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Breast cysts

Overview
  • Definition: Fluid-filled sacs within the breast tissue.
  • Part of the spectrum of fibrocystic breast changes.
  • Most common in women aged 35-50 and tend to resolve after menopause.
Etiology
  • Exact cause unknown but thought to result from the blockage of breast ducts.
  • Hormonal fluctuations: Oestrogen and progesterone can influence the breast ducts and lead to cyst formation.
Symptoms & Signs
  • Palpable lump: Smooth, easily movable round or oval lump.
  • Pain or tenderness in the affected area.
  • Size fluctuation: May increase in size before menstrual period and decrease afterward.
  • Nipple discharge may occur, often clear or yellowish.
Investigations
  • Ultrasound: First-line imaging to distinguish solid from cystic lumps.
  • Fine-needle aspiration: If the cyst is painful, large, or needs further evaluation; cyst fluid can be sent for cytology if bloodstained or if the cyst recurs.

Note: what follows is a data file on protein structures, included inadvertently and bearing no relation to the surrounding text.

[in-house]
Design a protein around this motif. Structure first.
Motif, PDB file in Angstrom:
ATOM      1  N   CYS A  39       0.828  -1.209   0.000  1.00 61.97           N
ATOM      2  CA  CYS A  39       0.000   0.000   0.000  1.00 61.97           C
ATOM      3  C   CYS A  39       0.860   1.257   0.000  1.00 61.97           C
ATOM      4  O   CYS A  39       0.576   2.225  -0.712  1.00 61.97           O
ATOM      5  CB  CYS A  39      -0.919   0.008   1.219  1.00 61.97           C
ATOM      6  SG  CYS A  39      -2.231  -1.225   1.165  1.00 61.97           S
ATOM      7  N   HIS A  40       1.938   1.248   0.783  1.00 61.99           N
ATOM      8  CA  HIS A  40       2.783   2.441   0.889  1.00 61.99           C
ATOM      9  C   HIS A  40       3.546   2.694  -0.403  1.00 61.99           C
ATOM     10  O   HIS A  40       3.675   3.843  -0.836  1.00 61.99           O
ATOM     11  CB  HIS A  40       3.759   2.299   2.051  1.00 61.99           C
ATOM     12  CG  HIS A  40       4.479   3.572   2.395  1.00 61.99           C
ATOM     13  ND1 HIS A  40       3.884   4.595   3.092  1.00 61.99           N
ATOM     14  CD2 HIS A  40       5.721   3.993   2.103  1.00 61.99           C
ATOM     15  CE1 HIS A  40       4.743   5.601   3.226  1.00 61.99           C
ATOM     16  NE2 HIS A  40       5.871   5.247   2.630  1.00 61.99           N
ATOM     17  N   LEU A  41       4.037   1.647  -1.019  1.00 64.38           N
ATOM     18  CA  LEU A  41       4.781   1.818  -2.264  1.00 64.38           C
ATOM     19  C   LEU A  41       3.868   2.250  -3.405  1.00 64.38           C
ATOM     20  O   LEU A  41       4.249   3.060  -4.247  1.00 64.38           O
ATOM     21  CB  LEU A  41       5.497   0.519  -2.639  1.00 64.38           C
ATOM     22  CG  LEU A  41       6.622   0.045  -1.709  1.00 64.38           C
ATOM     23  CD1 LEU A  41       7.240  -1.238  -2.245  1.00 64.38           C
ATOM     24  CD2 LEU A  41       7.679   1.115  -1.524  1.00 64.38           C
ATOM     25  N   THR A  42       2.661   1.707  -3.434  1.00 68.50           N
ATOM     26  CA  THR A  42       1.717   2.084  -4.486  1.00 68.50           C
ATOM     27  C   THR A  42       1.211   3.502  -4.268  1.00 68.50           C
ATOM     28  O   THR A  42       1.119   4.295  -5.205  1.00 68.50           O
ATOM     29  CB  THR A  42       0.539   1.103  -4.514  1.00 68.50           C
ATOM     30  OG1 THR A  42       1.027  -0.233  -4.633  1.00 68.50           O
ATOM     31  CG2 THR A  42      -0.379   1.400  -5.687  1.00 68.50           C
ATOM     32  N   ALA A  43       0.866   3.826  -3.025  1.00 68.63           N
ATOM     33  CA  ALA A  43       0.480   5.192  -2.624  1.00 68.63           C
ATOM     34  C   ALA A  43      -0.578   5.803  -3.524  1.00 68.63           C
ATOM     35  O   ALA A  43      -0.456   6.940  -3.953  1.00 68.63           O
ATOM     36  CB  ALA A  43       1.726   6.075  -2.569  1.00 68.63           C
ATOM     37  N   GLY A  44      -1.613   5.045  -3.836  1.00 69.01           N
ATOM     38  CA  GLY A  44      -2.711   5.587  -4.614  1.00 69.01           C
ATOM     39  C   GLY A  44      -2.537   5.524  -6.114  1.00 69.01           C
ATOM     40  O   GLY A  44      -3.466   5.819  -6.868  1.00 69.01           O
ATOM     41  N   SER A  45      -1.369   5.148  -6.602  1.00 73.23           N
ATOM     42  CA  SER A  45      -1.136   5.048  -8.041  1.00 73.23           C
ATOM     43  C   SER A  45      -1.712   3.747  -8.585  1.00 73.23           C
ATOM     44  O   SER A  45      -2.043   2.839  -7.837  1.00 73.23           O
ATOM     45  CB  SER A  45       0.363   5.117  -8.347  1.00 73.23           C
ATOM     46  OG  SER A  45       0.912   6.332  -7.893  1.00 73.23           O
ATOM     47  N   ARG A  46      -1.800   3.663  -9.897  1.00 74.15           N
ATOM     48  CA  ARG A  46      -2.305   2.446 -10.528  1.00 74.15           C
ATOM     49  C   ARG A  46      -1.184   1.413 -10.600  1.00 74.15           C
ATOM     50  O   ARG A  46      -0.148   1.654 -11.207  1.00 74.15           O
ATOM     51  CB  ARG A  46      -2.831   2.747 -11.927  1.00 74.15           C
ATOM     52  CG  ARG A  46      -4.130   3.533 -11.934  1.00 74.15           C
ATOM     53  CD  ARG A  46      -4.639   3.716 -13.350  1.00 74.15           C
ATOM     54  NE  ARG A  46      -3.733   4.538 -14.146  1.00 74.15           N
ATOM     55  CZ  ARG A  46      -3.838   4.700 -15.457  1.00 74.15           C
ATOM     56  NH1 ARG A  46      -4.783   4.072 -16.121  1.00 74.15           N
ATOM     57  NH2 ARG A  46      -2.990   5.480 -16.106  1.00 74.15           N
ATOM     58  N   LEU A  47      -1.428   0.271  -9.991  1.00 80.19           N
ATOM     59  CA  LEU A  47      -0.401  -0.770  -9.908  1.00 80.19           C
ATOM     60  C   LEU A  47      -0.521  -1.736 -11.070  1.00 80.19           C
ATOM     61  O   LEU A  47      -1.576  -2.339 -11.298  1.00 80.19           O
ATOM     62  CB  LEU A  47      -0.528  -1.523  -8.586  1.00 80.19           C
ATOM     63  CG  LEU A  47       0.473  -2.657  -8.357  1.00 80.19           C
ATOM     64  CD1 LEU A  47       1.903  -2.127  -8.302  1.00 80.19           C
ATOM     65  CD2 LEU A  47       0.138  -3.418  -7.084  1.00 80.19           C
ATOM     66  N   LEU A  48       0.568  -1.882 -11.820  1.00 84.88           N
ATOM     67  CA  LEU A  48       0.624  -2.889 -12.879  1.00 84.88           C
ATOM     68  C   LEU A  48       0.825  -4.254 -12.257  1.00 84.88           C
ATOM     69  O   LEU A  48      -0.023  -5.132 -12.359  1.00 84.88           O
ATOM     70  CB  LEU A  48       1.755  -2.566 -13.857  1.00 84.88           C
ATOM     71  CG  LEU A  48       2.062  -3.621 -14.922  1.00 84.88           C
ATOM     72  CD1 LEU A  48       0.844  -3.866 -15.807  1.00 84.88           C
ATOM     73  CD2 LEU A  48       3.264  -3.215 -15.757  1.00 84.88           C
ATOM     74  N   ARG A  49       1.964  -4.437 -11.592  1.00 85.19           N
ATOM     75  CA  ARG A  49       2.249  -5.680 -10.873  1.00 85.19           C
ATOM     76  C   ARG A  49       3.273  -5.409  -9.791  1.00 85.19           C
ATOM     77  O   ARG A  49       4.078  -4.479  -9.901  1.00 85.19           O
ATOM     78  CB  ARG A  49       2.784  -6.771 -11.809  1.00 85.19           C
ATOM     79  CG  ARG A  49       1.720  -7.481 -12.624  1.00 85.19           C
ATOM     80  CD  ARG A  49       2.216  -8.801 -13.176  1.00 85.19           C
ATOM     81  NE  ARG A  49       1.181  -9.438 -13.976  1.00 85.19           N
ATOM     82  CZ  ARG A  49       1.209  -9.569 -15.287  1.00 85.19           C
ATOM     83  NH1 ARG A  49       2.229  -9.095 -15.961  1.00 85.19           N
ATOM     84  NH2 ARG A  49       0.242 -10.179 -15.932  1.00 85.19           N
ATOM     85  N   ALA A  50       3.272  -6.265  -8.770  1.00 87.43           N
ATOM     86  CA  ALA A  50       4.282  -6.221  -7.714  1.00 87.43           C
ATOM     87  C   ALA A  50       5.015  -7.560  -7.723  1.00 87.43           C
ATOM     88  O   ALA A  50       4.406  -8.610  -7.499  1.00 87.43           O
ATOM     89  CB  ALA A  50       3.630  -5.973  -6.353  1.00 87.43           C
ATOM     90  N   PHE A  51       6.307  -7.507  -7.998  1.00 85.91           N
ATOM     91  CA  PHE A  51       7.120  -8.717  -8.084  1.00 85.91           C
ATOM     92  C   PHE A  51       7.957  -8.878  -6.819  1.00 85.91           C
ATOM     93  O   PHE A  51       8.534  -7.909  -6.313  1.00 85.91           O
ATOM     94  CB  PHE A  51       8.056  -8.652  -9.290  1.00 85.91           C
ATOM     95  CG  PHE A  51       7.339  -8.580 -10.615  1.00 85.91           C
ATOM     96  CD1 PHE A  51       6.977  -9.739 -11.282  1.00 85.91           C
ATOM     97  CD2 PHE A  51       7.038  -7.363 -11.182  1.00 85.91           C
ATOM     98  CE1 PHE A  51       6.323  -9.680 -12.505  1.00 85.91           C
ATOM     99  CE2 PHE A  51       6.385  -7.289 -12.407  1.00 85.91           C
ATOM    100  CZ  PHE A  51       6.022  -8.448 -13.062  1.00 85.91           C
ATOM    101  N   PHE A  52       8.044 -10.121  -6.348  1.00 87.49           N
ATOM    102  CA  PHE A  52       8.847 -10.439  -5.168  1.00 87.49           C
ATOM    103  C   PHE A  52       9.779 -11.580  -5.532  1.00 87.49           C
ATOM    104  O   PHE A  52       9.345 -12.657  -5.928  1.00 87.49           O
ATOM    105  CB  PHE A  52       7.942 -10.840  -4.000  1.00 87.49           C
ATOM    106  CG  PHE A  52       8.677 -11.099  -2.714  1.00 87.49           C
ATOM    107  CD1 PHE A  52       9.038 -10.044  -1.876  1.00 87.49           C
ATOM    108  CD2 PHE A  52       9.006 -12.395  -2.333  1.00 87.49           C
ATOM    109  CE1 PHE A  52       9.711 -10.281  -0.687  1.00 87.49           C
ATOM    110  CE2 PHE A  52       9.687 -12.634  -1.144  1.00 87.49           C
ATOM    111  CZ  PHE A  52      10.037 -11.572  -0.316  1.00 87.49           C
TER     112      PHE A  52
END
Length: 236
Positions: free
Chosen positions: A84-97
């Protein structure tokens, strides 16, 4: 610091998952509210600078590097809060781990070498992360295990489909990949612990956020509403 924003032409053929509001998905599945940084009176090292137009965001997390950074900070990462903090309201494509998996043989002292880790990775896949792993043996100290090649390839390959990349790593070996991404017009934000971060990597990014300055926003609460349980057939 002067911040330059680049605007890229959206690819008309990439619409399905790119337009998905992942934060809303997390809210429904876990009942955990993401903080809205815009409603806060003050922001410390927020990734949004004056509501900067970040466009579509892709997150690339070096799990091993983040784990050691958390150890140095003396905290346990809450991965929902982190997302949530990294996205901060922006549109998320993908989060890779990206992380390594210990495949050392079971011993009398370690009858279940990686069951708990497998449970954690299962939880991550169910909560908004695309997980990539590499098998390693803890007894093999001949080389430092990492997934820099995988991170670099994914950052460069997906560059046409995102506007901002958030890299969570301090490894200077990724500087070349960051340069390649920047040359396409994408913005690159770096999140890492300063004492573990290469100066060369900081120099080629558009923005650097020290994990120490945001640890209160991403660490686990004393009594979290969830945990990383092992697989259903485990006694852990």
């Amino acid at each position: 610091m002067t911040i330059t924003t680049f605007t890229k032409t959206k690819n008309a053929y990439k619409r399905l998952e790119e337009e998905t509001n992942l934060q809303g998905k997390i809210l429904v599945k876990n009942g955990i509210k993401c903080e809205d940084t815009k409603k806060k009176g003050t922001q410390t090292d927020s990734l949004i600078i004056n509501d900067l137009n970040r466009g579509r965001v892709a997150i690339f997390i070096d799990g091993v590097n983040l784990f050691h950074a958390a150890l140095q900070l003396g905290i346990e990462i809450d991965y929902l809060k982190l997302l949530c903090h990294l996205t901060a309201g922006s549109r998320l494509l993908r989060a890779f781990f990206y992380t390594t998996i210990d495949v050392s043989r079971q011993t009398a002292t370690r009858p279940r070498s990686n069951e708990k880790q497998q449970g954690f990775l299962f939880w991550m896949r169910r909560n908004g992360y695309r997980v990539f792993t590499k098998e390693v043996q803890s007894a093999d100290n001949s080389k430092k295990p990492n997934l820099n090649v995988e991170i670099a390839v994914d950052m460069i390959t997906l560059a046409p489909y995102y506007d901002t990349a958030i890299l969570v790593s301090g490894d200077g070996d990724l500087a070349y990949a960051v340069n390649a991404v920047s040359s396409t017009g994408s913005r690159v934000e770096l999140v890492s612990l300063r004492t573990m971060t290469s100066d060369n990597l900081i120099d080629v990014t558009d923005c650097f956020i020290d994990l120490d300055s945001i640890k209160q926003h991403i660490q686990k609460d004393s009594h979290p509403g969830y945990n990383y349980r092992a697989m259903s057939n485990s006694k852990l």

• Mammography: Typically for women over 35 or if there are any atypical features.
Management
  • Observation: Many cysts are benign and can be left untreated if asymptomatic.
  • Needle aspiration: To relieve symptoms and for diagnosis.
  • Oral contraceptives: May be helpful to reduce recurrence in some women.
  • Pain relief: Over-the-counter analgesics like paracetamol or ibuprofen.
Key Points
  • Breast cysts are benign but should be distinguished from other breast lumps to rule out malignancy.
  • Ultrasound is the primary diagnostic tool for breast cysts.
  • Regular self-breast examinations can help in early detection.

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